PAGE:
Meredith Fowlie, "Updating the Allocation of Greenhouse Gas Emissions Permits in a Federal Cap-and-Trade Program" (June 2010) (Revised version published in The Design and Implementation of U.S. Climate Policy, edited by Don Fullerton and Catherine Wolfram, University of Chicago Press. 2012). Full Paper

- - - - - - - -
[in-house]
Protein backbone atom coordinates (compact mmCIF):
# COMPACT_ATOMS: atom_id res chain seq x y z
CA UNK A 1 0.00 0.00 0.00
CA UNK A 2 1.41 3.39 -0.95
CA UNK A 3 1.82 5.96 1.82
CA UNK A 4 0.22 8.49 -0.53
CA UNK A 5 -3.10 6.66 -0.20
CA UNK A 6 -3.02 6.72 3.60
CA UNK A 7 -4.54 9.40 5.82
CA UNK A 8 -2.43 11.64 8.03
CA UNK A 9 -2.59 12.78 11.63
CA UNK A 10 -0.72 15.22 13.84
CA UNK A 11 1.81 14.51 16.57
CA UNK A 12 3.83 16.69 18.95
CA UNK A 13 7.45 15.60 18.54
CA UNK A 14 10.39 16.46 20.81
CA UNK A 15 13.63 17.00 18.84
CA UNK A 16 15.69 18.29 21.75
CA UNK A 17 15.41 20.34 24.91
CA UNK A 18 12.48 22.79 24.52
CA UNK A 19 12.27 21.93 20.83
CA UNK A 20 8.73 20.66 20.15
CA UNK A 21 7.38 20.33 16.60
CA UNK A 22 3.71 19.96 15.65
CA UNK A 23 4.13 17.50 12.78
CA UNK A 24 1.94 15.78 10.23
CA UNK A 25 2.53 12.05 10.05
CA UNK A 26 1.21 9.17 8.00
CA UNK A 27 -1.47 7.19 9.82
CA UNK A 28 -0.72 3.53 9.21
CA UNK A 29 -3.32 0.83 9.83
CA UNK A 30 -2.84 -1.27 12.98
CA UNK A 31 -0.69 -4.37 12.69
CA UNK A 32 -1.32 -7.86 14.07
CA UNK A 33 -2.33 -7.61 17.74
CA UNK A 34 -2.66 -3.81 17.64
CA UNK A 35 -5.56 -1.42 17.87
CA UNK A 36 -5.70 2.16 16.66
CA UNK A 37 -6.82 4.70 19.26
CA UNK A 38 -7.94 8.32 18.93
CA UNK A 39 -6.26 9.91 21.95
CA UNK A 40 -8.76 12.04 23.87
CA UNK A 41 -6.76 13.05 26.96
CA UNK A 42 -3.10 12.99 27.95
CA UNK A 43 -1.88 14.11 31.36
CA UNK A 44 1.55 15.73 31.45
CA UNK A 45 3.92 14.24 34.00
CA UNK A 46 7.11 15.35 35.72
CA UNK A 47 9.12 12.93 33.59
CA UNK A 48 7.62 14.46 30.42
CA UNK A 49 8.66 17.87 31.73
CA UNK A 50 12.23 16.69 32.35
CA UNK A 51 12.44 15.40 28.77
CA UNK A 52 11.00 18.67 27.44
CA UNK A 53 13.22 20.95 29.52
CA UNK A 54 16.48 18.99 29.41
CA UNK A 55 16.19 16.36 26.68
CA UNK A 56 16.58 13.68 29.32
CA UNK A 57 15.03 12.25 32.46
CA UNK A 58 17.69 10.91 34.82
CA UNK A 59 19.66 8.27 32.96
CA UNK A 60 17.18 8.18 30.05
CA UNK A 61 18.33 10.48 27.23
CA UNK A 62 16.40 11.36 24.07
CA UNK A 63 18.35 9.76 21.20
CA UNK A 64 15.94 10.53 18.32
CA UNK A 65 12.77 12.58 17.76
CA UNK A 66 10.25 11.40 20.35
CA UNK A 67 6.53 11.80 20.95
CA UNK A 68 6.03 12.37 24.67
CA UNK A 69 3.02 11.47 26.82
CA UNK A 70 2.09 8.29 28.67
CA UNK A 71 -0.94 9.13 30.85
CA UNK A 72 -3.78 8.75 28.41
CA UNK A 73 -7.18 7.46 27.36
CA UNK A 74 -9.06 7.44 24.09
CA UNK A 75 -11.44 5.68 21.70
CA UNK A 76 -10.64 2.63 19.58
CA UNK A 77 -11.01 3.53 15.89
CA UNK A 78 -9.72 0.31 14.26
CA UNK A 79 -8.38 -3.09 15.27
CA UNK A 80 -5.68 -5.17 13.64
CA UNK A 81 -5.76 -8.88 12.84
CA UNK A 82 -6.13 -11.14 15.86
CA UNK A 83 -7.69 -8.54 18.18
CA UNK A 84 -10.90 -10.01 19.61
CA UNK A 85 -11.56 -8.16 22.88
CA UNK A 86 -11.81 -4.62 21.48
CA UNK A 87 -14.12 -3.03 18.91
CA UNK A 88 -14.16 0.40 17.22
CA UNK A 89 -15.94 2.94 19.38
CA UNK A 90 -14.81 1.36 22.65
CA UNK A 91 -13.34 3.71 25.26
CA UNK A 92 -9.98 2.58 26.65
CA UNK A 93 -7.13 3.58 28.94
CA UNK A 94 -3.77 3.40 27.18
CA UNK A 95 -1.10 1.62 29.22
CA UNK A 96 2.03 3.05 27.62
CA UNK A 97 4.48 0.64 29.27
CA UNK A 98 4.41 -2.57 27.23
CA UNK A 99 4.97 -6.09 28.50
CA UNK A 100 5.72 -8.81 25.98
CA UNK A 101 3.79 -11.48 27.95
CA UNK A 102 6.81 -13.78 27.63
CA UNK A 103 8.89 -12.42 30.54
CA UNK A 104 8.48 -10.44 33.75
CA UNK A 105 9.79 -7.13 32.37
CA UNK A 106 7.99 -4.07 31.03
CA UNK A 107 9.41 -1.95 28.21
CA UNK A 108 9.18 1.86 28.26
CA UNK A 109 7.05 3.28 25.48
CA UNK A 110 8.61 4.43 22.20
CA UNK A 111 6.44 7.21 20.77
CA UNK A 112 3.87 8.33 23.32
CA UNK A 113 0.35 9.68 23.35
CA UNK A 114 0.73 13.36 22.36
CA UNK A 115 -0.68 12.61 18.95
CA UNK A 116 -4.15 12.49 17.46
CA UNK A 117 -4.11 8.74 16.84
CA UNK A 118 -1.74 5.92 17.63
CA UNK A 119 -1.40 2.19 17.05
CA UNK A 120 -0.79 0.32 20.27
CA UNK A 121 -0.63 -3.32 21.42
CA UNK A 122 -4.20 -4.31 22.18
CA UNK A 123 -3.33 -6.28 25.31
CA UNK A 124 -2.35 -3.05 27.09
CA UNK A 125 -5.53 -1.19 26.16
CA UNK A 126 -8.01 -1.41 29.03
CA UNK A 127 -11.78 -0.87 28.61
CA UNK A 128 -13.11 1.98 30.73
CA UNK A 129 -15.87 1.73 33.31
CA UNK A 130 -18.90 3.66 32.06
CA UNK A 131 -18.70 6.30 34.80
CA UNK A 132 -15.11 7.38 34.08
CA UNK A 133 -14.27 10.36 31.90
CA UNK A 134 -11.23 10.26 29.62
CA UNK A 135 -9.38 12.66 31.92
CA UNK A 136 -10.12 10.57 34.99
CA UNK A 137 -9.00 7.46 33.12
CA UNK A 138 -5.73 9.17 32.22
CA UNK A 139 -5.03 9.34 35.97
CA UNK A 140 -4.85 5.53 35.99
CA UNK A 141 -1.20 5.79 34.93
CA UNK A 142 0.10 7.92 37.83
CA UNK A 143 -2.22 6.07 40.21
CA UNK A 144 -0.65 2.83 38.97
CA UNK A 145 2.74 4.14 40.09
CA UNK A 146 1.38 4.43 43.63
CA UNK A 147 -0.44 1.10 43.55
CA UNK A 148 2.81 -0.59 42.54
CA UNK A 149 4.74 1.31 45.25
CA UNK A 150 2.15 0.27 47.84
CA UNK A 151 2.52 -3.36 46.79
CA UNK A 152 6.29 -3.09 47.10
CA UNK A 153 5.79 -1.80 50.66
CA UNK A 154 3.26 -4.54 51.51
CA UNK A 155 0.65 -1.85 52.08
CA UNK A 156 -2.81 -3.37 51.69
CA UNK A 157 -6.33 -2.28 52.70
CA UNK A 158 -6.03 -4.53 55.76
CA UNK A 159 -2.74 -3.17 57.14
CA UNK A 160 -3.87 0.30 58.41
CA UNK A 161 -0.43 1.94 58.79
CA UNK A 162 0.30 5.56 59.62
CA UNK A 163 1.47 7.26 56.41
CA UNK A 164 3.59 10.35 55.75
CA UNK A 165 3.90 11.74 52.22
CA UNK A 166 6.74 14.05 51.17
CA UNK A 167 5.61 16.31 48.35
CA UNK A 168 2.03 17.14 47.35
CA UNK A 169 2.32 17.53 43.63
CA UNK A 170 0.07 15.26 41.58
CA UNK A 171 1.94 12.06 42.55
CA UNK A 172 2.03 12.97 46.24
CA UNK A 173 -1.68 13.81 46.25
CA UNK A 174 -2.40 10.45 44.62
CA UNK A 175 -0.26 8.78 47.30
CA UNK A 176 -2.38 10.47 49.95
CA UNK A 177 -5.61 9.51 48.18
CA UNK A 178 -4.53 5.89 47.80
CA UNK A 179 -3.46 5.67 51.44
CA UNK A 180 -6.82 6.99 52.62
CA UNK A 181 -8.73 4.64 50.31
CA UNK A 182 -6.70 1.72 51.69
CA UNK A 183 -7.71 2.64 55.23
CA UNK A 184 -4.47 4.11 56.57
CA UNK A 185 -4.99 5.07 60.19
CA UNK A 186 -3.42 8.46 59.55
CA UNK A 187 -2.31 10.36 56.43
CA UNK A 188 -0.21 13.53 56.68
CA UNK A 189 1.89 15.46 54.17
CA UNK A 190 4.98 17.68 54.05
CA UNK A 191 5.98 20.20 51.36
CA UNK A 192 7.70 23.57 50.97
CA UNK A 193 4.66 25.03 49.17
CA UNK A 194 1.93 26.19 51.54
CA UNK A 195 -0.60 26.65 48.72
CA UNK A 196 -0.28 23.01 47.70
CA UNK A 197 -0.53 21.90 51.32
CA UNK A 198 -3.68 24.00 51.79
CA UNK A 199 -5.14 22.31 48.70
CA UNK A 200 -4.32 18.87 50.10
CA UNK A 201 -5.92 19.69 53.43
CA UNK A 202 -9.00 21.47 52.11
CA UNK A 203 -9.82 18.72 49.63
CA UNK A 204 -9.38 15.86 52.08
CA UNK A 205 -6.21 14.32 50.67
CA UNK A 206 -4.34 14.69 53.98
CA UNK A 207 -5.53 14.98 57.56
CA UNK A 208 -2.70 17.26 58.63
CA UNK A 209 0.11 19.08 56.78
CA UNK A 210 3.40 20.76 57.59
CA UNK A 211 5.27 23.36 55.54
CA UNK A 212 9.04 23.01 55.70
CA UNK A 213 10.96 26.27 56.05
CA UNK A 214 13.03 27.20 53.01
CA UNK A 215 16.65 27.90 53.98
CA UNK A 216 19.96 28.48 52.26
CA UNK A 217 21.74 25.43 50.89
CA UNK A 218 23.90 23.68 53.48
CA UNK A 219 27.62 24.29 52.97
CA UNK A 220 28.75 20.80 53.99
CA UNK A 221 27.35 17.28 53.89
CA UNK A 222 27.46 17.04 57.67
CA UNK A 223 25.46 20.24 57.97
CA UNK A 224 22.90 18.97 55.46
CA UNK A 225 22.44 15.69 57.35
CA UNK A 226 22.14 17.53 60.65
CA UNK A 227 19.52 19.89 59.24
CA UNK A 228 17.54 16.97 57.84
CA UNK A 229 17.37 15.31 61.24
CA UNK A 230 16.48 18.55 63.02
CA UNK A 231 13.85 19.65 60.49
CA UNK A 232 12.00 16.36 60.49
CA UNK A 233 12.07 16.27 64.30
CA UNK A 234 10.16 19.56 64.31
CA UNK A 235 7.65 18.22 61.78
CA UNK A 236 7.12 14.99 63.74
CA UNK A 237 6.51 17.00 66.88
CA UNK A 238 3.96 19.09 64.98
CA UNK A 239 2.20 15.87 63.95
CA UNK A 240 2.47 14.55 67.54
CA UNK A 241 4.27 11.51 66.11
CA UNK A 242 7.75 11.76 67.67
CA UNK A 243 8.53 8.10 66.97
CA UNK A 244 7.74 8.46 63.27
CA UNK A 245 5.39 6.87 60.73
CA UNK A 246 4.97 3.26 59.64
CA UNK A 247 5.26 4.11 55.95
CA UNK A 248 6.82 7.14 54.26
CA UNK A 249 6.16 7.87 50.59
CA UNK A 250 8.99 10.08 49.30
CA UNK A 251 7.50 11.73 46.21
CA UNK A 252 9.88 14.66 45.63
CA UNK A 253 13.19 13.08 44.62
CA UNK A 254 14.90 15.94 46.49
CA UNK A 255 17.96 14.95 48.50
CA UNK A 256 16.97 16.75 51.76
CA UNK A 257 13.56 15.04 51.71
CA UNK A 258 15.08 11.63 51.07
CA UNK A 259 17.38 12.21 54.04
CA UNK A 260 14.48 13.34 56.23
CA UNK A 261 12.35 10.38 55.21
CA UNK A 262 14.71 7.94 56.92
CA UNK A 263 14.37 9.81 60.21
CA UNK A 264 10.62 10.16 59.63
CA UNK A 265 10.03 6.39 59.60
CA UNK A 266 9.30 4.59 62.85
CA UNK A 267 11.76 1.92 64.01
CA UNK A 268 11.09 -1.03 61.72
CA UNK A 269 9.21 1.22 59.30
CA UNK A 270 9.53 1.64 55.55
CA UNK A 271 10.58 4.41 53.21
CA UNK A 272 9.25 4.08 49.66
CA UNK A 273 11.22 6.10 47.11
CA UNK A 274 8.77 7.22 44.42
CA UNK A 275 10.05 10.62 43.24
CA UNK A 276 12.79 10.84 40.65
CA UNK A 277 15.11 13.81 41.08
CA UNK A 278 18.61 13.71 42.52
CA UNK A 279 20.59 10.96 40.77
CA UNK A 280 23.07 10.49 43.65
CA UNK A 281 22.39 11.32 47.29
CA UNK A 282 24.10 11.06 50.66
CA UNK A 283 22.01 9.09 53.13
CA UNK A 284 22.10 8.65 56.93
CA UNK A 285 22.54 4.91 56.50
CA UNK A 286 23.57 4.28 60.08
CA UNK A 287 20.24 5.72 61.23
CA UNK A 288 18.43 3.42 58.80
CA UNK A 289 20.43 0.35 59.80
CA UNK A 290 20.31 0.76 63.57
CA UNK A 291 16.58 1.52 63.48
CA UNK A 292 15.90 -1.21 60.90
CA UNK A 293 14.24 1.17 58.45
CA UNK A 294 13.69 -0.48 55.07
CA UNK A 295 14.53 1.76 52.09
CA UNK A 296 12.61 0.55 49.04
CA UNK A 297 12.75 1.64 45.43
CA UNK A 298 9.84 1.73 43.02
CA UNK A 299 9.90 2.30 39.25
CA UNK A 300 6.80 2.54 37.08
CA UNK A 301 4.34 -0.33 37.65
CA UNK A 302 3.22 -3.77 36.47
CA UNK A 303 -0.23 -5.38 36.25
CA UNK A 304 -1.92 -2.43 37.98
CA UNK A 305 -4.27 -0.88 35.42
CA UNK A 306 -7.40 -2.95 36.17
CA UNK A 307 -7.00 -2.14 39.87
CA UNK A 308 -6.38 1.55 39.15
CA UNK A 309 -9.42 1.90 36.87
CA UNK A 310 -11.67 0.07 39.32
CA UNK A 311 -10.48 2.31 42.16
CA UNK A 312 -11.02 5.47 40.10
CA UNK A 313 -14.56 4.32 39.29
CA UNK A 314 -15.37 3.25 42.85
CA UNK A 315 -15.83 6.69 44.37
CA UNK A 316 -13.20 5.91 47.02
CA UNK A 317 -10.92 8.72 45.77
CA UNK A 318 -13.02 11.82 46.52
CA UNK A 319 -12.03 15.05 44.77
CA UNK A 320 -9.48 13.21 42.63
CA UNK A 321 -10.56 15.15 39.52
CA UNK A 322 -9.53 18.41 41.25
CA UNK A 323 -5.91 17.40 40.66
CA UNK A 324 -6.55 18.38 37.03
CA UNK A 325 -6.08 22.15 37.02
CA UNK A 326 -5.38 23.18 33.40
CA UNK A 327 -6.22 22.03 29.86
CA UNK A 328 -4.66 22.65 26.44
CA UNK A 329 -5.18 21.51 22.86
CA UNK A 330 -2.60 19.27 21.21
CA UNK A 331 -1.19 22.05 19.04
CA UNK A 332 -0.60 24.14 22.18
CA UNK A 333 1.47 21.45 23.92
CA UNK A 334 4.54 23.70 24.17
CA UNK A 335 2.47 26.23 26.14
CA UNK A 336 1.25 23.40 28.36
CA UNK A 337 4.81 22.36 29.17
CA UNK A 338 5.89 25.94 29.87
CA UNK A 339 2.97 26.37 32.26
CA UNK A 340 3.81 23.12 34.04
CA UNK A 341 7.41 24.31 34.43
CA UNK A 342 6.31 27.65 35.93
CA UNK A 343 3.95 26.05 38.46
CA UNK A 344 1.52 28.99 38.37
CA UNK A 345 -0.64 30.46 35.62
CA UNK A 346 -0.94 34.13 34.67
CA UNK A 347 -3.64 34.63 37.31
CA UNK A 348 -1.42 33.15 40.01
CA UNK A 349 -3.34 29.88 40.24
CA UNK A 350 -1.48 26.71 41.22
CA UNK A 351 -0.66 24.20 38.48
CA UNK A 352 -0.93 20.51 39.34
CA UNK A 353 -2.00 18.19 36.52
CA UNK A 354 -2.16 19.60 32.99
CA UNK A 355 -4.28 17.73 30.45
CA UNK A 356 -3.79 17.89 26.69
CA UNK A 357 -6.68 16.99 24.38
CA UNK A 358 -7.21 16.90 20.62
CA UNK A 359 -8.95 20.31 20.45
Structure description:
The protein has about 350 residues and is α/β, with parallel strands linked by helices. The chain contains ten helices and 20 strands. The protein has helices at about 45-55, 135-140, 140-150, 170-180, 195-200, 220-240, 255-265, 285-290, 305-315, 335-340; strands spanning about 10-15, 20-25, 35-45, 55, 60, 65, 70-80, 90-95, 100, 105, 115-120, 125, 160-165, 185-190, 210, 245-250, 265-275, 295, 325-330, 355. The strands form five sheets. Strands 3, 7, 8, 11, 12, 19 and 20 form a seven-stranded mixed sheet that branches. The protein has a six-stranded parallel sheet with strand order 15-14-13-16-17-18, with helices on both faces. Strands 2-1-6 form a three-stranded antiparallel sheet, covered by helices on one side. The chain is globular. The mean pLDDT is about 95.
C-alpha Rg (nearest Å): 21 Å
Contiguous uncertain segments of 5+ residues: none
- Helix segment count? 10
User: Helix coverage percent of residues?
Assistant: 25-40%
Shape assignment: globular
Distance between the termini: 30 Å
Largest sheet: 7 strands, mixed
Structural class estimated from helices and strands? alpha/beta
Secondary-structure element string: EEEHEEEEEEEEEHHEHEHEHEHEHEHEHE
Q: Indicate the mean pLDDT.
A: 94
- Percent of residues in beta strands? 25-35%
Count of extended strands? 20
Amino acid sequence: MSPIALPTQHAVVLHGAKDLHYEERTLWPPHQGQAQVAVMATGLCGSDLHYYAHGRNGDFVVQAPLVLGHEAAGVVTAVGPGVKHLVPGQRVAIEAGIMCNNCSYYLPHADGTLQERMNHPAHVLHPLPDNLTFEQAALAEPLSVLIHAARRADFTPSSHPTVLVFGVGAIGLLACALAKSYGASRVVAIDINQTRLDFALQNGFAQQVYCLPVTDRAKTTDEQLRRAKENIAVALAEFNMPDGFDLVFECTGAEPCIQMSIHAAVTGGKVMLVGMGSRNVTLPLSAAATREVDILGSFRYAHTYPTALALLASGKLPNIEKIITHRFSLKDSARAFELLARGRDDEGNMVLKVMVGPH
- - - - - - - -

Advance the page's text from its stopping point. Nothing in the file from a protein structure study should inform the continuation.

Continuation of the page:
U.S. adoption of a cap-and-trade program for greenhouse gases could place some domestic producers at a disadvantage relative to international competitors who do not face similar regulation. To address this issue, proposed federal climate change legislation includes a provision that would freely allocate (or rebate) emission allowances to eligible sectors using a continuously updating output-based formula. Eligibility for the rebates would be determined at the industry-level based on emissions or energy intensity and a measure of import penetration. Dynamic updating of permit allocations has the potential to mitigate adverse competitiveness impacts and emissions leakage in eligible industries. It can also undermine the cost-effectiveness of permit market outcomes, as more of the mandated emissions reductions must then be achieved by sources deemed ineligible for rebates. This chapter investigates both the benefits and the costs of output-based updating. It identifies differences between proposed eligibility criteria and those consistent with standard measures of economic efficiency. The analysis underlines the importance of taking both benefits and costs into account when determining the scale and scope of output-based rebating provisions in cap-and-trade programs.